Kemono Michi: Rise Up
by Rebecca Silverman,
How would you rate episode 11 of
Kemono Michi: Rise Up ?
Poor Carmilla – she almost had her moment of glory there in her fight against Rose, but her innate Carmilla-ness then reared its head and there went her victory. But it still made for one of the best episodes for the lesser vampire, and that's largely because she finally stopped wallowing in self-pity stemming from her initial defeat at Rose's hands and did something besides be the butt of everyone's (cruel) jokes. That she couldn't do it immediately also works in her favor, not because it showed her incompetence, but because it made for a more difficult path for her to follow. Carmilla lost the greater battle with Rose, but there's an argument to be made that she won the fight against herself, and I daresay that's more important.
Not that we'd likely see any major character development take root if the series had more than one episode left, because unfortunately this penultimate one still shows that it's much more invested in the humiliation of its characters than any forward plot trajectory. (Really, that makes Carmilla's moment of triumph more meaningful because it's so out of the show's character.) By far the two who suffer the most from this tendency are Gang and Altena, because if there's one thing Kemono Michi: Rise Up doesn't know how to do, it's leave well enough alone. Seriously, no matter how many times you show Gang being traumatized by being pet and given belly rubs against his will (i.e. sexual assault), it will never be funny. Thankfully it's not the focus for very long this time, but surely there was a better way to find a fifth contender for the match without resorting this this tired, not-funny gag yet again. It was a step in the right direction to leave off humiliating Carmilla for one week, but bringing Gang back into it means this is a one step forward, two steps back situation.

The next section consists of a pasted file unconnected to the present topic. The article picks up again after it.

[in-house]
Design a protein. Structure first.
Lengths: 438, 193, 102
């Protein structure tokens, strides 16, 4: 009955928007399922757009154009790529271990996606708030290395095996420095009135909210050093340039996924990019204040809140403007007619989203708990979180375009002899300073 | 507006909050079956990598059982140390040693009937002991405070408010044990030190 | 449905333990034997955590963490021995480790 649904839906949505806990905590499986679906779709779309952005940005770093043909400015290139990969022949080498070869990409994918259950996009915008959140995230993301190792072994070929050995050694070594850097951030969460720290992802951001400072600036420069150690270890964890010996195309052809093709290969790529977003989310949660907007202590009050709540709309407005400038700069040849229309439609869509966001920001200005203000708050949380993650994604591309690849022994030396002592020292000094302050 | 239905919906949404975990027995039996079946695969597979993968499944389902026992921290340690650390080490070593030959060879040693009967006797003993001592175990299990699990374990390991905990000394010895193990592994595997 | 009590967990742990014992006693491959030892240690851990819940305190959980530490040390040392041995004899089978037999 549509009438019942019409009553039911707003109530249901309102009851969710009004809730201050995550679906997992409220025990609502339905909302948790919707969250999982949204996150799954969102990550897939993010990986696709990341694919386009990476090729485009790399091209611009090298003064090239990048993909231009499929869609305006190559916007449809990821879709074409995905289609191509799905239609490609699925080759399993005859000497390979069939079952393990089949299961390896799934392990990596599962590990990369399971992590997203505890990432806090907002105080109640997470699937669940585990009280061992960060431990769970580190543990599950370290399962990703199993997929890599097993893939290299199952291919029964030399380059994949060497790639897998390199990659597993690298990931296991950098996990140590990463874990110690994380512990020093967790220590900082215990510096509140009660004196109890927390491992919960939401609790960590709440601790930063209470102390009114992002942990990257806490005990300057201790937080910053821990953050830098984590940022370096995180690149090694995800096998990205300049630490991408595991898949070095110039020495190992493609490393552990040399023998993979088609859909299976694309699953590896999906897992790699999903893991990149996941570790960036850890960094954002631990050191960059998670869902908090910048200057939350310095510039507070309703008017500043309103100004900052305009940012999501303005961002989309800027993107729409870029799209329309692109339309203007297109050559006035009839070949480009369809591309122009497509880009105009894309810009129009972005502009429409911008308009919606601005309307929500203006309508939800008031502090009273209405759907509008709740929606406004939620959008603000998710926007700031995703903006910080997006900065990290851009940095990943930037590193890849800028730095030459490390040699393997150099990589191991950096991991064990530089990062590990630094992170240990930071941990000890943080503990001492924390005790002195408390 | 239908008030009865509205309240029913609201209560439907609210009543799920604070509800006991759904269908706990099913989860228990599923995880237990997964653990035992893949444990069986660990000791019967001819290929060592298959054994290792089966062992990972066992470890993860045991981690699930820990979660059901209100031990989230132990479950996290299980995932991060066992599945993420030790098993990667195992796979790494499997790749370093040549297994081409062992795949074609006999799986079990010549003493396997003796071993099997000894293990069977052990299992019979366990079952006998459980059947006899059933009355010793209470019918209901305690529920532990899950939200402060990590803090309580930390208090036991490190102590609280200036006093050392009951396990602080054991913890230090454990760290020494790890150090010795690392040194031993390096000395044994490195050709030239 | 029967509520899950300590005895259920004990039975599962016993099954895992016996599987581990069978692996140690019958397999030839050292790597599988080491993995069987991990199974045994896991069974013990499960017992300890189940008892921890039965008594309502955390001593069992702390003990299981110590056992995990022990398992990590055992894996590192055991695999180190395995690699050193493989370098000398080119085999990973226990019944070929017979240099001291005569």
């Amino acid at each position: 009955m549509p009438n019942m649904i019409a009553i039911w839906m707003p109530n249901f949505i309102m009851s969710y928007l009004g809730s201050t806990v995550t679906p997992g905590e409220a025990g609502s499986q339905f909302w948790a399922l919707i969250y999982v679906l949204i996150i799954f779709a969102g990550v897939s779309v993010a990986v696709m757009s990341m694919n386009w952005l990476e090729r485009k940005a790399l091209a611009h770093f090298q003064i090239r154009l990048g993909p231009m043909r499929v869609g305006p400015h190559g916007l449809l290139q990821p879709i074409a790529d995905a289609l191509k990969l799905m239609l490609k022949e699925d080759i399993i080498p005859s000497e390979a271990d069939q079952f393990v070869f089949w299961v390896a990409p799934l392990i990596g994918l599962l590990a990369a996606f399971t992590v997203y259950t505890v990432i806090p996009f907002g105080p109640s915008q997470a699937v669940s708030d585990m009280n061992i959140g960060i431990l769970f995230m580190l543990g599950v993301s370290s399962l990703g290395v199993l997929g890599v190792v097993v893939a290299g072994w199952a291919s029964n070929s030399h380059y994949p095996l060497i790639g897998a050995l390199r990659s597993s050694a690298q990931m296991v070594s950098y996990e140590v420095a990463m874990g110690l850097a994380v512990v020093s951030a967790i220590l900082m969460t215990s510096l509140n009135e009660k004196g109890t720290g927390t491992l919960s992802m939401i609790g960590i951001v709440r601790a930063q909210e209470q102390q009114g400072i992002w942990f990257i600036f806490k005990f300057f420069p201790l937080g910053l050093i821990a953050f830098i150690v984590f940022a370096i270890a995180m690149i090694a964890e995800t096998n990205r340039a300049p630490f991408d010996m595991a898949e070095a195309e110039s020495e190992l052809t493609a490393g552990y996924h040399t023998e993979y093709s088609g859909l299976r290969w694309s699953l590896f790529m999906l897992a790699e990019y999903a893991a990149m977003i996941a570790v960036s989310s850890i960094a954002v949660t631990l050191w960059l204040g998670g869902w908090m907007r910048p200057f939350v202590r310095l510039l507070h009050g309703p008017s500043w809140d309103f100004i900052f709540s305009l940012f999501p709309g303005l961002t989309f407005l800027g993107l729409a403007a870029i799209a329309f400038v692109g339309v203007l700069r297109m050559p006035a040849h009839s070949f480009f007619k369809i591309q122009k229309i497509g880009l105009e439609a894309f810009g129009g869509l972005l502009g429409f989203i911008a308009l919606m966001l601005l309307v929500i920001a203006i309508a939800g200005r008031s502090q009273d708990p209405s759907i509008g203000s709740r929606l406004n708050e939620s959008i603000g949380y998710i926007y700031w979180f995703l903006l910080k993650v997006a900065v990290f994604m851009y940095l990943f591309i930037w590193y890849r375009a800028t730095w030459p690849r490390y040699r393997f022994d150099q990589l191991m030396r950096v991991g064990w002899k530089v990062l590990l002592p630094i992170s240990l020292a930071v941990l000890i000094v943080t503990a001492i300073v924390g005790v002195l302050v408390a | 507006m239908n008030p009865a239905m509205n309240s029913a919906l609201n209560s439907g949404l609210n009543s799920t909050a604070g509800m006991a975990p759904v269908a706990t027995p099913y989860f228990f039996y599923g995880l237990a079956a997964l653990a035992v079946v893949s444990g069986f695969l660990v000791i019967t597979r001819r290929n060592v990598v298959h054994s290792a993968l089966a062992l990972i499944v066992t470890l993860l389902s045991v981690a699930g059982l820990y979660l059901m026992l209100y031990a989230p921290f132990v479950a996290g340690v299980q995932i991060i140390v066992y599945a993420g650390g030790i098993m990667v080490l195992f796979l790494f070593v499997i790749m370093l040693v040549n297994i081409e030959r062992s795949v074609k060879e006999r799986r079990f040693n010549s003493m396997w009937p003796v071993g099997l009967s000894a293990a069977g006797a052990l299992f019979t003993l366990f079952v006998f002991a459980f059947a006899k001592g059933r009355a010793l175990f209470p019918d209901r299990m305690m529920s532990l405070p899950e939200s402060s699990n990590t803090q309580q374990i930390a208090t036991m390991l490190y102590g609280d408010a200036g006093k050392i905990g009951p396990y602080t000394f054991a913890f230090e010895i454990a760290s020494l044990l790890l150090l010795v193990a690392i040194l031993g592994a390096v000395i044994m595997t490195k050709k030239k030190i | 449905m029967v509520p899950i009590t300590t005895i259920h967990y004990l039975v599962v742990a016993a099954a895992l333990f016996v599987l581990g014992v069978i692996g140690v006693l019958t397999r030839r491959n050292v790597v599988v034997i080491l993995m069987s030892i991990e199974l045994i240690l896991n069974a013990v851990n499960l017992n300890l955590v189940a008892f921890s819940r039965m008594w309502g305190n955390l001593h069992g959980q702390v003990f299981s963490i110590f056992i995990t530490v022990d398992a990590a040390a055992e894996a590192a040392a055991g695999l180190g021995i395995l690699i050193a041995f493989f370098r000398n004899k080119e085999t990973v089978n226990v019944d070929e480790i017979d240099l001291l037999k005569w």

Altena, AKA Princess Buttocks, is also part of the problem. This whole season we've been teased with the pro wrestling eye-catches of the characters, so when Altena ends up a contender this week, I was hopeful that she'd be actually competent and get to reclaim at least a little self-respect. Yeah, no, that's absolutely not what happened, and while there's a sort of grim humor in her being recognized by her butt rather than her very thin mask-and-pseudonym combination, the fact that all of a sudden she gets off on humiliation doesn't fit with the character. Granted, she hasn't had a ton of development, but very little of it pointed to this particular shift. But perhaps the biggest strike against it is that it smacks of a lack of creativity on the part of the original creator – as the author of Konosuba, it feels like he just suddenly decided to turn Altena into Darkness and leave it at that. It may not be strictly lazy, but it certainly doesn't speak well of his overall creativity.
Despite these issues, however, this episode feels like it's finally fulfilling, or at least beginning to fulfill, the show's early promise. There's actual wrestling, Genzo fawning over his animals, the rivalry between Genzo and MAO, and even everyone's favorite ant taking down a giant octopus to make their takoyaki. (Not much Hiroyuki, but you can't have everything.) The focus on training and preparing the venue mean an episode more devoted to its original premise instead of the side-tracks it's been following for most of its run, and some of the wrestling looks really good – Carmilla and Rose's fight in particular has some very nice visuals, and the first fight also looks great once Altena's out of the ring. It's all leading up to Genzo and MAO finally having their showdown, so hopefully that means that that bout will be a good one and that in one world or another, Genzo finally gets to open that pet store.
Kemono Michi: Rise Up is currently streaming on Funimation.
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